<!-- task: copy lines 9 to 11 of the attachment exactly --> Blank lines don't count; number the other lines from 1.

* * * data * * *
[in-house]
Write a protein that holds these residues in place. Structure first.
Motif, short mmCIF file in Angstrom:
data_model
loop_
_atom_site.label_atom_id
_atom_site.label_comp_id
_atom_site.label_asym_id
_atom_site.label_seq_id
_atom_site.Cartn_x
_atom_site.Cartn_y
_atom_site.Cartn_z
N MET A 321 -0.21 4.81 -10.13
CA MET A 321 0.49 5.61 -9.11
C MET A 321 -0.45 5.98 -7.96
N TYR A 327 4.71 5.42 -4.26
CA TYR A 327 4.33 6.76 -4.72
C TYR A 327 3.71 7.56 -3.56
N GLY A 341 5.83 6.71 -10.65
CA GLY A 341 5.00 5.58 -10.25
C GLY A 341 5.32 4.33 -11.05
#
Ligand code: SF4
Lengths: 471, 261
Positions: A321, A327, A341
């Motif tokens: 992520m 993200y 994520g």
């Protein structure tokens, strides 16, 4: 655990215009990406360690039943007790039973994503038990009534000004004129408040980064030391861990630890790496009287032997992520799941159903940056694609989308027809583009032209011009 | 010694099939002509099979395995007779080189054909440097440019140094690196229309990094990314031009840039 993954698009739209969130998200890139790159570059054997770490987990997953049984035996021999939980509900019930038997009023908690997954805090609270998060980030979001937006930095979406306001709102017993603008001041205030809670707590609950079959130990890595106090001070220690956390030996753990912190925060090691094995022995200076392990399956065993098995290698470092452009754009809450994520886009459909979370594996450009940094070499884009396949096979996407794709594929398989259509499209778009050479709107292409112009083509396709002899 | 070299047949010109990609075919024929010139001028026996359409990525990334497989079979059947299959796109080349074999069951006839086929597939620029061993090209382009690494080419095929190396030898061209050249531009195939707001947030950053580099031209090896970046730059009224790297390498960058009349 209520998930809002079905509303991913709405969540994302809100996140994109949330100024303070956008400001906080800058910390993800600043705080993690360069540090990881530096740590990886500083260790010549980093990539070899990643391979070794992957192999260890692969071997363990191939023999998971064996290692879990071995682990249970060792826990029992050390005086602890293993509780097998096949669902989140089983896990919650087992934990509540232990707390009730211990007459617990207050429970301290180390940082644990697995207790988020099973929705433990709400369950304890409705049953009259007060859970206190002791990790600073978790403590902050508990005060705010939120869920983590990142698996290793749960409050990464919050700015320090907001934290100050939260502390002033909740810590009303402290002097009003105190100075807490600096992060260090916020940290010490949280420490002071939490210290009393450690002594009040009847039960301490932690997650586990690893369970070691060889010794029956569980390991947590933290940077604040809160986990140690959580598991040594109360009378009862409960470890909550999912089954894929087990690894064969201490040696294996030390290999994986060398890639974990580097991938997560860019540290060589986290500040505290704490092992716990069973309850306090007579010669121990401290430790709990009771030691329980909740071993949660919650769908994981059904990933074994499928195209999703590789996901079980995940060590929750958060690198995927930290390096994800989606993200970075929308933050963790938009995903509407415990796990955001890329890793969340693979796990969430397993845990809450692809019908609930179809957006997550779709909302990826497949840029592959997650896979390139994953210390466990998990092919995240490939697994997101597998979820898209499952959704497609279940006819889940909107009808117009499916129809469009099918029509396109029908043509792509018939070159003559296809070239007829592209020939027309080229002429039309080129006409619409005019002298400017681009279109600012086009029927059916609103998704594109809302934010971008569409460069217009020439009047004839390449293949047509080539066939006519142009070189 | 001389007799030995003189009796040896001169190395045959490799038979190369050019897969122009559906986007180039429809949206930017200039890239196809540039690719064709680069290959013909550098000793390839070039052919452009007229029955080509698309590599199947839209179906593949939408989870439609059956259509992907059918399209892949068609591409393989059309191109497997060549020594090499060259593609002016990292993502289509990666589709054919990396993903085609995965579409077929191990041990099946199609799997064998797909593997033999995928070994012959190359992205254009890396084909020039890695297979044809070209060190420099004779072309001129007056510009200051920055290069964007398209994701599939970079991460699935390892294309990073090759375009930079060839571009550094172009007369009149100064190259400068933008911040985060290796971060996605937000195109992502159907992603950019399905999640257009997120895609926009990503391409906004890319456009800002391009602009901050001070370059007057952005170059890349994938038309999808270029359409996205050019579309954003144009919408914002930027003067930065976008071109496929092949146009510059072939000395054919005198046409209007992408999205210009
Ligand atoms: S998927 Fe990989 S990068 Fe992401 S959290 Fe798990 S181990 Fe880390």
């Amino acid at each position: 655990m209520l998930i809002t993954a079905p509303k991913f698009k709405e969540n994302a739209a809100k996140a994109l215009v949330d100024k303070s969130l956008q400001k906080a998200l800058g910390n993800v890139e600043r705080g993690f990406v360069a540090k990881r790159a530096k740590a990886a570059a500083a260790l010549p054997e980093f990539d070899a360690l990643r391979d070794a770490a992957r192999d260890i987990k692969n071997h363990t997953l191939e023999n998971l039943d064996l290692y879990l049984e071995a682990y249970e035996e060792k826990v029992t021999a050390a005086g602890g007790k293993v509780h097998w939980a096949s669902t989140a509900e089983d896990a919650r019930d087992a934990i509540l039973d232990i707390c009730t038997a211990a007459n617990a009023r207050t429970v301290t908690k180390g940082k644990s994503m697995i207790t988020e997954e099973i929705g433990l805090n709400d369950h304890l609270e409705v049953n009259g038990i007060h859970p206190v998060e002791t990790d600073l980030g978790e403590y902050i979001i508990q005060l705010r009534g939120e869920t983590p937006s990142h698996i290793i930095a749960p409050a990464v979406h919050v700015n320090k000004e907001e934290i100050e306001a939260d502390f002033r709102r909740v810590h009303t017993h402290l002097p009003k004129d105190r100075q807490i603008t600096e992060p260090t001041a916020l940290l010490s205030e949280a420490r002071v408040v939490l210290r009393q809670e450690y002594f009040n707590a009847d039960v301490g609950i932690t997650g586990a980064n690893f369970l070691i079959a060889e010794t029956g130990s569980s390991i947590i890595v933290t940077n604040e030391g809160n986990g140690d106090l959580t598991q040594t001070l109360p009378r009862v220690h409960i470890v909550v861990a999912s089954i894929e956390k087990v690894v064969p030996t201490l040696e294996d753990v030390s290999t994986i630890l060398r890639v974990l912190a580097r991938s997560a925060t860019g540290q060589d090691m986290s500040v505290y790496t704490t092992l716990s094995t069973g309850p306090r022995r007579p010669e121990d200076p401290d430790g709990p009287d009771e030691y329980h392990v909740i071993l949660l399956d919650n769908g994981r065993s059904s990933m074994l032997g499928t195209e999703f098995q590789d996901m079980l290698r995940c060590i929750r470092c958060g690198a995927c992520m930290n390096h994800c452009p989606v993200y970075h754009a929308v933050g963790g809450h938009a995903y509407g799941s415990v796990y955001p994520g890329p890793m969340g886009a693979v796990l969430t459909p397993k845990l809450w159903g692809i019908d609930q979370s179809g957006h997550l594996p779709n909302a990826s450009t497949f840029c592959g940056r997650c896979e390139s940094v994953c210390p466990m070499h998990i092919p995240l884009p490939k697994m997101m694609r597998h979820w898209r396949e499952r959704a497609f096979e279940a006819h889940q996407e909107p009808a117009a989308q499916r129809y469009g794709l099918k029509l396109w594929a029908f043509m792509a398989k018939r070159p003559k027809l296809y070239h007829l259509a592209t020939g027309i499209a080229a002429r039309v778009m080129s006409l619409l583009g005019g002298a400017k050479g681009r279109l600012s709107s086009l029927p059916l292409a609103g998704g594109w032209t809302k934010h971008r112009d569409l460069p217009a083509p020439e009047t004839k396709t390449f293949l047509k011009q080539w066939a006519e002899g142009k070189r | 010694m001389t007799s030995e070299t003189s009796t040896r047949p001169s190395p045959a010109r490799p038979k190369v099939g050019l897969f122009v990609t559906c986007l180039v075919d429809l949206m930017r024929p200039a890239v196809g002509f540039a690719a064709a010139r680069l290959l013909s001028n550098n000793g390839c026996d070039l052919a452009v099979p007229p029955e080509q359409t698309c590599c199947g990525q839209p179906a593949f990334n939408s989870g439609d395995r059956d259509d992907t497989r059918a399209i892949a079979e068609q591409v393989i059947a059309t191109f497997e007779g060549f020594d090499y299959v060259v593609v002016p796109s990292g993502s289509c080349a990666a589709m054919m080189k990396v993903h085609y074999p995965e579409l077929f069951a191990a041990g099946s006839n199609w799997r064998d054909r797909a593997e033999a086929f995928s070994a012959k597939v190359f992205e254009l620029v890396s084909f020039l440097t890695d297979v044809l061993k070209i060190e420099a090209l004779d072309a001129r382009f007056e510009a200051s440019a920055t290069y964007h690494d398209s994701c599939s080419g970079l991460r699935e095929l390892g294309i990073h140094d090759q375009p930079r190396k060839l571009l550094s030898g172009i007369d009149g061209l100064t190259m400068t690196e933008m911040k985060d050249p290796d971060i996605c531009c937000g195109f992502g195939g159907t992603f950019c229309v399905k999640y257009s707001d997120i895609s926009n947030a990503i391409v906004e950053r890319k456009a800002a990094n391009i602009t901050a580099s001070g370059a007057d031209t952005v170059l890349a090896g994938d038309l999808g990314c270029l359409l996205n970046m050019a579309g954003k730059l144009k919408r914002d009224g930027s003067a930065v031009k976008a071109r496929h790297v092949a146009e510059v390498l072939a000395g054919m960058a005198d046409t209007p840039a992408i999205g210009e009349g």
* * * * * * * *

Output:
_atom_site.label_seq_id
_atom_site.Cartn_x
_atom_site.Cartn_y